Squirrel Corn
Dicentra canadensis
Fumewort family (Fumariaceae)

Description: This herbaceous perennial plant develops 1-2 compound basal leaves during the spring. The blades of these leaves are 3-7" long and 3-7" across; they are ascending to more or less parallel with the ground. Each leaf blade is divided into 3 leaflets (1 terminal & 2 lateral leaflets). In less developed leaves, the leaflets are pinnate-pinnatifid, ultimately dividing into narrow parallel lobes. However, in more developed leaves, each leaflet divides into 3 subleaflets, and these subleaflets are pinnate-pinnatifid, ultimately dividing into narrow lobes. The ultimate lobes of these leaves are –" long and about 3 mm. (1/8") across; they are linear, linear-elliptic, or linear-oblanceolate in shape with entire (toothless) margins and bluntly acute tips. The upper leaf surface is grayish green to medium green, glabrous, and sometimes slightly glaucous, while the lower leaf surface is white to greenish white, glabrous, and very glaucous. For each compound leaf, the petiolule (basal stalklet) of the terminal leaflet is longer than those of the 2 lateral leaflets. The petioles of the compound leaves are 3-6" long and ascending; they are pale red to pale reddish green, terete, glabrous, and often glaucous.

An inflorescence consisting of a raceme of flowers sometimes develops shortly after the formation of basal leaves. This inflorescence is 6-12" tall and it is either erect or ascending. The peduncle (basal stalk) of the inflorescence is pale red or pale yellowish green, terete, glabrous, and glaucous. Each raceme has 3-10 pendant flowers. The corolla of the pendant flower is –" long, mostly white, narrowly obcordoid in shape, and somewhat flattened. Two fused outer petals form the rounded nectar spurs (above), the lateral sides, and the pair of of upturned lips (below) of the corolla. Two fused inner petals form a pair of transverse crests and a pair of small inner claws near the entrance of the corolla. The small lips are shaped like keeled hoods with translucent parallel veins. The flat crests are half-cordate in shape, slightly wrinkled, slightly undulate, and white; sometimes they are pinkish along their bases. Inserted within the corolla is a pistil with a single style and several stamens. There are also a pair of tiny sepals; they are about 2-3 mm. long, linear-lanceolate in shape, and light pink with whitish margins. The nodding pedicels of the flowers are pale green or pale reddish green, terete, glabrous, and sometimes glaucous; they are up to " long. At the bases of these pedicels, there are solitary floral bracts about 3-5 mm. long; they are ovate to obovate in shape and light pink with whitish margins.

The blooming period occurs during mid-spring for about 2-3 weeks. The flowers have a sweet fragrance. Afterwards, fertile flowers are replaced by drooping seed capsules that become about 12 mm. (") long at maturity; these capsules are ovoid in shape and somewhat flattened. Each capsule divides into 2 parts to release its seeds; there are several seeds per capsule. The seeds are 1-2 mm. long, short-reniform in shape, and obscurely reticulate; each seed has an attached elaiosome (food appendage). The foliage dies down by mid-summer. The root system consists of a cluster of yellow globoid corms and fibrous roots.

Cultivation: The preference is dappled sunlight to medium shade, mesic conditions, and a loose loamy soil with decaying organic matter. Growth and development occur during the spring. Germination of the seeds can be slow and difficult, although it may be possible to start new plants by separating some of the corms. Insects and disease organisms are rarely troublesome.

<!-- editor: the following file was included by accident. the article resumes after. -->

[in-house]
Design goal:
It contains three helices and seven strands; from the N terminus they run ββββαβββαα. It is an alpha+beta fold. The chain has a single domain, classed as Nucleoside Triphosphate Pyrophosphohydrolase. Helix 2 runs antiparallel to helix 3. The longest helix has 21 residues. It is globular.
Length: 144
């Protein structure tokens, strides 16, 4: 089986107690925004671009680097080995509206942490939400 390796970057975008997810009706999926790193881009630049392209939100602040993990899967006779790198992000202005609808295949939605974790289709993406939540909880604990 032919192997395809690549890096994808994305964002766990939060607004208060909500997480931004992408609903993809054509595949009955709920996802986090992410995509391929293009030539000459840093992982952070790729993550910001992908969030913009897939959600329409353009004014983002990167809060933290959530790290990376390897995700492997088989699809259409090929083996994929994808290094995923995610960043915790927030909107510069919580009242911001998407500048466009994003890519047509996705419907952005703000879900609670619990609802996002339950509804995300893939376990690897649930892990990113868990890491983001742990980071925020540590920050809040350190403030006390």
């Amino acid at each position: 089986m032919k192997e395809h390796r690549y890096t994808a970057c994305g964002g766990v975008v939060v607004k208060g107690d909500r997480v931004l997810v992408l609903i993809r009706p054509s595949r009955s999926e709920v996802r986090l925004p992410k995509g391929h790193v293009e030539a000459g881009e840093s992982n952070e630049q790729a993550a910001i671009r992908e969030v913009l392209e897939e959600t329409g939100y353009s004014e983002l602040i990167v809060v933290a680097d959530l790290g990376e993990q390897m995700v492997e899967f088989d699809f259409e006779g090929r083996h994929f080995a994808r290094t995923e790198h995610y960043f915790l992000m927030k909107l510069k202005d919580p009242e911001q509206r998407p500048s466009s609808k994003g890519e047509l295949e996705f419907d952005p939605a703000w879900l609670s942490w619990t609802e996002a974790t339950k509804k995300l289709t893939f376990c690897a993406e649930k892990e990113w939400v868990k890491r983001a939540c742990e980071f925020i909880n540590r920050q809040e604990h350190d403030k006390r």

Range & Habitat:
The native Squirrel Corn occurs primarily in NE, east-central, and the southern tip of Illinois, where it is uncommon (see Distribution Map). Illinois lies toward the western range limit of this species; it is more common further to the east. Habitats include mesic deciduous woodlands, wooded bluffs, wooded slopes, ravines, and shaded stream banks. Squirrel Corn is found in high quality woodlands in Illinois, where the native ground flora is intact. It is one of the spring wildflowers that is threatened by the invasion of Garlic Mustard (Alliaria petiolata) and some Eurasian shrubs, particularly Amur Honeysuckle (Lonicera maackii).

Faunal Associations: The flowers are cross-pollinated primarily by queen bumblebees. Both nectar and pollen are available as floral rewards. The seeds are distributed to some extent by ants because of their elaisomes (food appendages). Because the foliage is toxic, it is usually avoided by mammalian herbivores. The overall value of this plant to faunal wildlife is low.

Photographic Location:
A deciduous woodland at Jim Smith's farm in Vermilion County, Illinois.

Comments: This is another wonderful spring wildflower that can be found in eastern deciduous woodlands. Both the foliage and flowers of Squirrel Corn (Dicentra canadensis) are similar in appearance to those of Dutchman's Breeches (Dicentra cucullaria). Both of these species are found in similar habitats and their blooming periods overlap (Squirrel Corn begins to bloom about 1 week later). However, Dutchman's Breeches is by far the more common wildflower in Illinois. The flowers of Squirrel Corn have short rounded nectar spurs, while those of Dutch's Breeches are longer and more narrow. The basal leaves of these two species are very difficult to distinguish, although those of Squirrel Corn appear to have slightly longer ultimate lobes on average. The corms of these two species are also different in appearance: the corms of Squirrel Corn are yellow and globoid in shape, while the corms of Dutchman's Breeches are pink and more ovoid in shape.